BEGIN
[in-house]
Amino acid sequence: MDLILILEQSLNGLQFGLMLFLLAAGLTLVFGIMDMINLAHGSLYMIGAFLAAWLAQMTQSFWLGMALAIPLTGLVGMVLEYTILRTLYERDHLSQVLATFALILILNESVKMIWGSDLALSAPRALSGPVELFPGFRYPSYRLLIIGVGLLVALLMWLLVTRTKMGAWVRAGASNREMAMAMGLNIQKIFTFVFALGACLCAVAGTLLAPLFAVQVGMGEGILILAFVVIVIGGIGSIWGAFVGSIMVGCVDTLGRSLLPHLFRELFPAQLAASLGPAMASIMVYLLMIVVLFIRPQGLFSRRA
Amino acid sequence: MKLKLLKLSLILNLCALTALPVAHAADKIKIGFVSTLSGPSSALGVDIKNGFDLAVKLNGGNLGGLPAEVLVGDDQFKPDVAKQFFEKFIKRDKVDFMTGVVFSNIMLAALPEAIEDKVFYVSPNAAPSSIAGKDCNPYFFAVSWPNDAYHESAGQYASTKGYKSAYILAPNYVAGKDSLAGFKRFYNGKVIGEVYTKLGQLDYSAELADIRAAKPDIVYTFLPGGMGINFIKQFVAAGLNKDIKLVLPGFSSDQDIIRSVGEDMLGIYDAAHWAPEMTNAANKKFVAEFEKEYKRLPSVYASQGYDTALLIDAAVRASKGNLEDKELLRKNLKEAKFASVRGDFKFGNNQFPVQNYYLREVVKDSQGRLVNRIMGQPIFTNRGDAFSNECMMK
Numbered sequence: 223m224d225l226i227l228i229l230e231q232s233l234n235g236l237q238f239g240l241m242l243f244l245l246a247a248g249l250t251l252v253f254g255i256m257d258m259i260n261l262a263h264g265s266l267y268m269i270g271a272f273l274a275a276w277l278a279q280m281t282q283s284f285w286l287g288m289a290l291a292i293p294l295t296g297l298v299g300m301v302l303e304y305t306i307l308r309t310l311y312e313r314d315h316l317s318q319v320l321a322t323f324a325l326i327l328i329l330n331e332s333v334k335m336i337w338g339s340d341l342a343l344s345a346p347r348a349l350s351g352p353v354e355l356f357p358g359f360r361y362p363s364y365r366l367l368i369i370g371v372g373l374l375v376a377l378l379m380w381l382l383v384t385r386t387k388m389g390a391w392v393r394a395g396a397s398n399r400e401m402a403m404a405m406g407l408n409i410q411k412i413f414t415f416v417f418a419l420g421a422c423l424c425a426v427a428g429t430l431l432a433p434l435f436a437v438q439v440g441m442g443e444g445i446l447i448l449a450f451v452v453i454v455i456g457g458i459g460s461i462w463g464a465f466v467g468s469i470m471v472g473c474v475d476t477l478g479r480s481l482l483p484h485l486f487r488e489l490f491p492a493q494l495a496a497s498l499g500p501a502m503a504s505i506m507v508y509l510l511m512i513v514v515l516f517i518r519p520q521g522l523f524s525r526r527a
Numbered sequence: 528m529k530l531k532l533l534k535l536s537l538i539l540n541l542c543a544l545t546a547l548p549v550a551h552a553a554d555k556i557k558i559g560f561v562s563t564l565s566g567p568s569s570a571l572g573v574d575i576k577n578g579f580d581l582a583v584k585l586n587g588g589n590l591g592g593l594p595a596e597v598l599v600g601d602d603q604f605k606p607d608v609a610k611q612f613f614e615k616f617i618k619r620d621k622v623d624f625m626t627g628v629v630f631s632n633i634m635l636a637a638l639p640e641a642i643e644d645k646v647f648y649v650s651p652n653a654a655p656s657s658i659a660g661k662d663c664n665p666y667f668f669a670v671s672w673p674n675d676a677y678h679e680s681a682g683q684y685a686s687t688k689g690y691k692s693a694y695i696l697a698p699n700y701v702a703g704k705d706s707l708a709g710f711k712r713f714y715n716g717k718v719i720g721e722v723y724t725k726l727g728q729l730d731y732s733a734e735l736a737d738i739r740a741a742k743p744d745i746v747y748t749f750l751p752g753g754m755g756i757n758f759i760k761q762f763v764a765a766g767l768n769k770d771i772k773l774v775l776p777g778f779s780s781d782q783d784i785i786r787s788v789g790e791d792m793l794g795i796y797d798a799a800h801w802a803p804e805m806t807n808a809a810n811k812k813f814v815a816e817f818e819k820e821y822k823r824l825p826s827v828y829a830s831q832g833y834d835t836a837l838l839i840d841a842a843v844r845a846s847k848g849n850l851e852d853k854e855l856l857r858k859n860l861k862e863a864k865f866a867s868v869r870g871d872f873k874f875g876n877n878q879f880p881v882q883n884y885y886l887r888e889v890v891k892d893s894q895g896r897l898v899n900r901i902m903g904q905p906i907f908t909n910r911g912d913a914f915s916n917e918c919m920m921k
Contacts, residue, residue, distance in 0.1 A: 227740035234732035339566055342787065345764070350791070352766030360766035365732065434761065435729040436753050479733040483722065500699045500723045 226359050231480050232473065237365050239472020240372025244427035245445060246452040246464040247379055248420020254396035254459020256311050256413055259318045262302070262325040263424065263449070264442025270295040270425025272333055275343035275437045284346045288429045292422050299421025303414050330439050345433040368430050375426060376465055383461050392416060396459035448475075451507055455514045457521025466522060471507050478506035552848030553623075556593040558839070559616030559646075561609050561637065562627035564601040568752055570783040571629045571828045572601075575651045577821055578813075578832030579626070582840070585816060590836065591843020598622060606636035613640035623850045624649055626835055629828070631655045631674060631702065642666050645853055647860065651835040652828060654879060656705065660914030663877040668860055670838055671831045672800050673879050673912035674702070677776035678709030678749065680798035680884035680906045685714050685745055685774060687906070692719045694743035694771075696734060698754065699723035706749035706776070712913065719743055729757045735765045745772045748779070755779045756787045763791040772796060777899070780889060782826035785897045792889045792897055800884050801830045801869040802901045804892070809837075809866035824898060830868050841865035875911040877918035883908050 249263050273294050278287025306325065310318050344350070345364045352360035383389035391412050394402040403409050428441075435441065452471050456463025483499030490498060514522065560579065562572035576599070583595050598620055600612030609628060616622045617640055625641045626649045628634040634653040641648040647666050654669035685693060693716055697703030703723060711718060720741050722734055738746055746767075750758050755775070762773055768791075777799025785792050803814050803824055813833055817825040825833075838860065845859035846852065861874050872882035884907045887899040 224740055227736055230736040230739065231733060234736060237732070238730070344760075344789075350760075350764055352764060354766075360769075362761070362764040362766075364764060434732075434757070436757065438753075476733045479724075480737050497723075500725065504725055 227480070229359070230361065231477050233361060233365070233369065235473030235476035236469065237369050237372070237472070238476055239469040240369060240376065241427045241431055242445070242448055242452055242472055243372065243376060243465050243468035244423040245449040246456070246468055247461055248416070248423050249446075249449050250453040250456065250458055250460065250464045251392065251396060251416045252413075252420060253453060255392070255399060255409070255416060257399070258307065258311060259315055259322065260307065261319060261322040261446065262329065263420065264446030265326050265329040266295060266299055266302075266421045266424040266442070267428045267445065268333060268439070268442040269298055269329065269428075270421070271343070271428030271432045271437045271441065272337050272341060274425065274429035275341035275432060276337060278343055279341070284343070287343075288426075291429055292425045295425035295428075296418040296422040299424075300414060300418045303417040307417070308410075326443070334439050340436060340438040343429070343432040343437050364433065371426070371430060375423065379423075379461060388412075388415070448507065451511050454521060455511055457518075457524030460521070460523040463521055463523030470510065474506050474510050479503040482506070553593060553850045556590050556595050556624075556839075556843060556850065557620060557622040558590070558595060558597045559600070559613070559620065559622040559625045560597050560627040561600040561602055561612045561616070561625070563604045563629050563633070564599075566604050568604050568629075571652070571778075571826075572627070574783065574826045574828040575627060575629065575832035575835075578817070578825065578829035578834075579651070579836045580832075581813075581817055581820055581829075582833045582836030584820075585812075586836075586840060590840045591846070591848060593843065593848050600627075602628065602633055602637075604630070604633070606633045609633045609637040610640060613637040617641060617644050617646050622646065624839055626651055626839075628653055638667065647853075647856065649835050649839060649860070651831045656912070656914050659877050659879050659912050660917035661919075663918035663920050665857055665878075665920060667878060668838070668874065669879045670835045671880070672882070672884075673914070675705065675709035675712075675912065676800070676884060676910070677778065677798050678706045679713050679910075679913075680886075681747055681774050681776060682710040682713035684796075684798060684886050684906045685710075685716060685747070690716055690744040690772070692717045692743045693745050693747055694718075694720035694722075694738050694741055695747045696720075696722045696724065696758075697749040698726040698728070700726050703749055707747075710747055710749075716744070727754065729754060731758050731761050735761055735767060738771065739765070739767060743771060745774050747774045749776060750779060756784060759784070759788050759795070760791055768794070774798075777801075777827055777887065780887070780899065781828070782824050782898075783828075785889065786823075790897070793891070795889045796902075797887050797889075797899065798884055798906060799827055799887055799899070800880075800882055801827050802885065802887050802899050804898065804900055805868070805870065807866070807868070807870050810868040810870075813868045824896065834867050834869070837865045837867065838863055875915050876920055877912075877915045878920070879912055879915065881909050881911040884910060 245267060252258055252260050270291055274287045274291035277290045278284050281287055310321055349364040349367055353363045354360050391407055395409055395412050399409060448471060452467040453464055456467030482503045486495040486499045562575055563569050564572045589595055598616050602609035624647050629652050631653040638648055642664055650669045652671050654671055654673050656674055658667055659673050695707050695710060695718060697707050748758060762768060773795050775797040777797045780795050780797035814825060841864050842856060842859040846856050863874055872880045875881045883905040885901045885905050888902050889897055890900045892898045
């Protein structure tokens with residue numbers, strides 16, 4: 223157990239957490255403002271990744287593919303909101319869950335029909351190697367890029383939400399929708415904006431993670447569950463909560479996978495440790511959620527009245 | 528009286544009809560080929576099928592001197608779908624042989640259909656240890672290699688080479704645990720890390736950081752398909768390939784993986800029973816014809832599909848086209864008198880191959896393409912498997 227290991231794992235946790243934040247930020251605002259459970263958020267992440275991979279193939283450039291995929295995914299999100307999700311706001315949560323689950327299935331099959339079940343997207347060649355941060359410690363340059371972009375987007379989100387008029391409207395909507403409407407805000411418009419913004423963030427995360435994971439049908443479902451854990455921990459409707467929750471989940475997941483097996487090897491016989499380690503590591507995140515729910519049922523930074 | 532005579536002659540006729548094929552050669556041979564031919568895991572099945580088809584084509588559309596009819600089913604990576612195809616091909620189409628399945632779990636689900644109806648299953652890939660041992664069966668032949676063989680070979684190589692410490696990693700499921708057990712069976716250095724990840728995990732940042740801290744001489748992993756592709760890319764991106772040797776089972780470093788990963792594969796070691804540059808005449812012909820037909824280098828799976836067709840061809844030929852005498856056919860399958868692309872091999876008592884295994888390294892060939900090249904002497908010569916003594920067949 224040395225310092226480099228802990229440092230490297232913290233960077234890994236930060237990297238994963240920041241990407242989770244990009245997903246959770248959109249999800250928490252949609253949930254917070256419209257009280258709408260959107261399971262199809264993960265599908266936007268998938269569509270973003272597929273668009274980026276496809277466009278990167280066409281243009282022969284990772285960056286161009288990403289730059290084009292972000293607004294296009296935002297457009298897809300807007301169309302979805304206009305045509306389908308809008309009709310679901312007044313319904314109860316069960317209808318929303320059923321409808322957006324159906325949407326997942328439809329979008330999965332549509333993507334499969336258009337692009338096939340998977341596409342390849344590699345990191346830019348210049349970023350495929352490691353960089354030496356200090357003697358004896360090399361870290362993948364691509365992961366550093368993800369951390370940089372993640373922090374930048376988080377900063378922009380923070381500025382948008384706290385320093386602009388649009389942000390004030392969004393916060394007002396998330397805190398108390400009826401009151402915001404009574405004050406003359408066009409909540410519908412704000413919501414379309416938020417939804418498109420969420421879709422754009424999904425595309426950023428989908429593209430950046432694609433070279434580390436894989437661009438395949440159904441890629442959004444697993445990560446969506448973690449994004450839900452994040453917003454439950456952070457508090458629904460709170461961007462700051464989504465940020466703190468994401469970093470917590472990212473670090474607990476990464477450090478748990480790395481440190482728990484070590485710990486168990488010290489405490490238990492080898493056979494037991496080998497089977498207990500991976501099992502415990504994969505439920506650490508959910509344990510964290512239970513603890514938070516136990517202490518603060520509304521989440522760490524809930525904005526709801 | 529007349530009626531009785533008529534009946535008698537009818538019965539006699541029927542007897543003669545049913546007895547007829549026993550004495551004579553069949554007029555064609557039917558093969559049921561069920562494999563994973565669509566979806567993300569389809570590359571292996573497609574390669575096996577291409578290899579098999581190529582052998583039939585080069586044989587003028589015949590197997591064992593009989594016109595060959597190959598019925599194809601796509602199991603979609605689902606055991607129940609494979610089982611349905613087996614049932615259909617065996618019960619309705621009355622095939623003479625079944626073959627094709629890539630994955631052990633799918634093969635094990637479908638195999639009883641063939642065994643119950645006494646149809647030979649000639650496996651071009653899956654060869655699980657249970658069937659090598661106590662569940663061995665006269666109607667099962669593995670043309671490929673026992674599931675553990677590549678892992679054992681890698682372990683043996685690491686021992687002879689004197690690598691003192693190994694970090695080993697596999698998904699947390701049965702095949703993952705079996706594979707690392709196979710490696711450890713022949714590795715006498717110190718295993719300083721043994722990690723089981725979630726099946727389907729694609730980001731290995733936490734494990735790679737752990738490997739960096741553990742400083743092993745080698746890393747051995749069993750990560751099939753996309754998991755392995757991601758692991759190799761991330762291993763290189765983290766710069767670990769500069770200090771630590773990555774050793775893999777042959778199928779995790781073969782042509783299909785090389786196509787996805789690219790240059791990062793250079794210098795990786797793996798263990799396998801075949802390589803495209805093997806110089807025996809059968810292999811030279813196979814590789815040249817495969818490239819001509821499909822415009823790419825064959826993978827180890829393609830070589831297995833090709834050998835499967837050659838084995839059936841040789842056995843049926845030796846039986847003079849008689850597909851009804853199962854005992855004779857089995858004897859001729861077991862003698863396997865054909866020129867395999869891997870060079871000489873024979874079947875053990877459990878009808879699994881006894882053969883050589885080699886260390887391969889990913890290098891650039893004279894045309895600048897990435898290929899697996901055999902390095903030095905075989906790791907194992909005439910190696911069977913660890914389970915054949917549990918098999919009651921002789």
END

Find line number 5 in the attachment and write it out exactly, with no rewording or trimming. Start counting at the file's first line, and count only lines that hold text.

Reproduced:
Numbered sequence: 528m529k530l531k532l533l534k535l536s537l538i539l540n541l542c543a544l545t546a547l548p549v550a551h552a553a554d555k556i557k558i559g560f561v562s563t564l565s566g567p568s569s570a571l572g573v574d575i576k577n578g579f580d581l582a583v584k585l586n587g588g589n590l591g592g593l594p595a596e597v598l599v600g601d602d603q604f605k606p607d608v609a610k611q612f613f614e615k616f617i618k619r620d621k622v623d624f625m626t627g628v629v630f631s632n633i634m635l636a637a638l639p640e641a642i643e644d645k646v647f648y649v650s651p652n653a654a655p656s657s658i659a660g661k662d663c664n665p666y667f668f669a670v671s672w673p674n675d676a677y678h679e680s681a682g683q684y685a686s687t688k689g690y691k692s693a694y695i696l697a698p699n700y701v702a703g704k705d706s707l708a709g710f711k712r713f714y715n716g717k718v719i720g721e722v723y724t725k726l727g728q729l730d731y732s733a734e735l736a737d738i739r740a741a742k743p744d745i746v747y748t749f750l751p752g753g754m755g756i757n758f759i760k761q762f763v764a765a766g767l768n769k770d771i772k773l774v775l776p777g778f779s780s781d782q783d784i785i786r787s788v789g790e791d792m793l794g795i796y797d798a799a800h801w802a803p804e805m806t807n808a809a810n811k812k813f814v815a816e817f818e819k820e821y822k823r824l825p826s827v828y829a830s831q832g833y834d835t836a837l838l839i840d841a842a843v844r845a846s847k848g849n850l851e852d853k854e855l856l857r858k859n860l861k862e863a864k865f866a867s868v869r870g871d872f873k874f875g876n877n878q879f880p881v882q883n884y885y886l887r888e889v890v891k892d893s894q895g896r897l898v899n900r901i902m903g904q905p906i907f908t909n910r911g912d913a914f915s916n917e918c919m920m921k